A college education is out of reach for most state and federal prisoners. California’s San Quentin is one of the few prisons in the country that offers college-level courses.
Jody Lewen has run the facility’s college program for over a decade and she's the reason that the Prison University Project exists today.
When Lewen joined San Quentin's college program in 1999 as a volunteer instructor, it was run by a small volunteer staff with no budget. At that time, she was a graduate student, with plans to return to academic research. But a year later, when the part-time director suddenly quit, Lewen found herself in charge.
"I thought for a long time it was just temporary and that somebody else was going to keep the program running," she says. "But once I started doing the work and got more deeply involved, I also began to see the potential the program had. And I started to think more and more about what this program could become. There was nobody else to run it. And I thought it would just be one of those failures for the rest of my life if I let it fold.
Under Lewen’s leadership, the Prison University Project has expanded, now offering 20 classes in English, math, the humanities, social science and Spanish. Three hundred inmates enroll every semester, earning college credits which can lead to an associate of arts degree. Lewen has recruited more than 150 volunteer teachers and graduate students from nearby colleges and universities. She says attracting teachers is not difficult, although some of the new instructors are nervous their first time at San Quentin.
"When I talk to people about this work, very often they assume that the students are very aggressive and very difficult, all the stereotypes people have in their minds about people who are incarcerated," says Lewen. "They assume they're a lot of troublemakers and are goofing off and they don't want to do their work. That stereotype has nothing to do with reality."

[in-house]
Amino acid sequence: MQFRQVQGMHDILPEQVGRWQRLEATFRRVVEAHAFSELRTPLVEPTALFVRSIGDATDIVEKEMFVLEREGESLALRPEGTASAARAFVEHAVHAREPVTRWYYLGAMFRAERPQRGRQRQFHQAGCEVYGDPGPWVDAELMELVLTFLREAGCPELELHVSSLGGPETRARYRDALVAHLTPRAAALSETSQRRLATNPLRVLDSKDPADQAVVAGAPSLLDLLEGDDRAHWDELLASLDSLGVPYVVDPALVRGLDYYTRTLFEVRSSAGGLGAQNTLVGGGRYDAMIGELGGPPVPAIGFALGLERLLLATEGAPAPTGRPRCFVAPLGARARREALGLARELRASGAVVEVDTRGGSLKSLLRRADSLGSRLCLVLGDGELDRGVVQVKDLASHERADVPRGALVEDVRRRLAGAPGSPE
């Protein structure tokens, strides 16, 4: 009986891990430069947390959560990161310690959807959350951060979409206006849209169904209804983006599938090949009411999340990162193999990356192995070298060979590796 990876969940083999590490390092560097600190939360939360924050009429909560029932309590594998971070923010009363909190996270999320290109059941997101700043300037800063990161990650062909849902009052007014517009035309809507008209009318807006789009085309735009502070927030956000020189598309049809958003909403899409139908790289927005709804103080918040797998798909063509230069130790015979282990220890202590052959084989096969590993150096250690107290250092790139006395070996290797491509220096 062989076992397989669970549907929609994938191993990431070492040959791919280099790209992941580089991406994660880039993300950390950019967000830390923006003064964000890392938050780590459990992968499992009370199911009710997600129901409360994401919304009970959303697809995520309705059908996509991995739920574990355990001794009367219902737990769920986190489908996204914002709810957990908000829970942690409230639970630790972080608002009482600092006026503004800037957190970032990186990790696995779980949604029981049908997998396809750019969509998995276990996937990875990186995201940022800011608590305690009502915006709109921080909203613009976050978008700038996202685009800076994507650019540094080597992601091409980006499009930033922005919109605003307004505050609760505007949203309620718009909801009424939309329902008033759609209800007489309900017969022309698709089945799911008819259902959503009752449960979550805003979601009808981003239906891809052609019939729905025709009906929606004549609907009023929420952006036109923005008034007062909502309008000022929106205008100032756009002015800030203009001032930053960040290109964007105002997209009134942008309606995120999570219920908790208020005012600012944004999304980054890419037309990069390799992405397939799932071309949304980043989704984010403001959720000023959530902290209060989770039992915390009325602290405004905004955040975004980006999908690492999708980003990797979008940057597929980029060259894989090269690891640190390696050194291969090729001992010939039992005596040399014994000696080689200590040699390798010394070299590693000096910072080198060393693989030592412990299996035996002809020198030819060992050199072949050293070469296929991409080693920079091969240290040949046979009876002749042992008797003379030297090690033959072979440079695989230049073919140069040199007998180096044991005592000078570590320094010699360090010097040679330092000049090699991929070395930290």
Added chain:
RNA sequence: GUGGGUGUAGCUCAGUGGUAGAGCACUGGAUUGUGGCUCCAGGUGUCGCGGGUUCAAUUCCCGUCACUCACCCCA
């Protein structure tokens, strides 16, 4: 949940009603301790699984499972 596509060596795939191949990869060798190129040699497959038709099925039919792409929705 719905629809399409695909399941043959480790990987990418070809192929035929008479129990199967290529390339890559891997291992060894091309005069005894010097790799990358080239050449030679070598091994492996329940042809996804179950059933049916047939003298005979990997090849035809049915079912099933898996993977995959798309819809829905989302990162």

Sookyoung Lee teaches a class on critical thinking and research. She finds her students are curious and engaged.
"I'm super surprised at how nice the students are. Most of the times, students are extremely respectful, way more motivated than the Cal [University of California at Berkeley] undergrads," says Lee. "It's always a pleasure for the teachers when the students are not taking learning for granted."
Hope for the future
Charles Spence is serving a life sentence in San Quentin and has a few more courses left to finish his associate's degree. He hopes to be paroled some day and wants to earn his master's degree in psychology.
"This experience really has changed my life. It's given me a lot of tools on how to express myself," says Spence. "This program is really rare in the prison setting, so I'm really lucky. All of the guys feel the same. We're really lucky to have the opportunity to get education, especially the way the economy is now. The odds are stacked against us when we get out, being convicted felons. This actually gives us a lot of hope and hopefully will help us succeed when we walk out the door."
So far, 100 San Quentin prisoners have graduated with associate's degrees and many more have continued their college studies after release. Research shows that the more education a prisoner has, the less likely he is to return to prison. Lewen says the recidivism rate among prisoners with college degrees is less than 10 percent.
"I remember one student saying to me 'This college program is the best drug treatment program in the world.' And it was interesting because at first I really didn't understand what he meant," says Lewen. "And he was just saying 'This program gives you hope and to stay clean and to live a healthy life, you need to have hope.'"
The Prison University Project survives on donations and foundation grants and receives no government funding. Lewen would like to see college programs in every prison but without government support, it's not likely to happen any time soon. In the meantime, there's a long waiting list of San Quentin prisoners who want to enroll in the college program. Some day, Lewen hopes to expand her program, making a college education available for most of the 5,500 prisoners currently housed at San Quentin.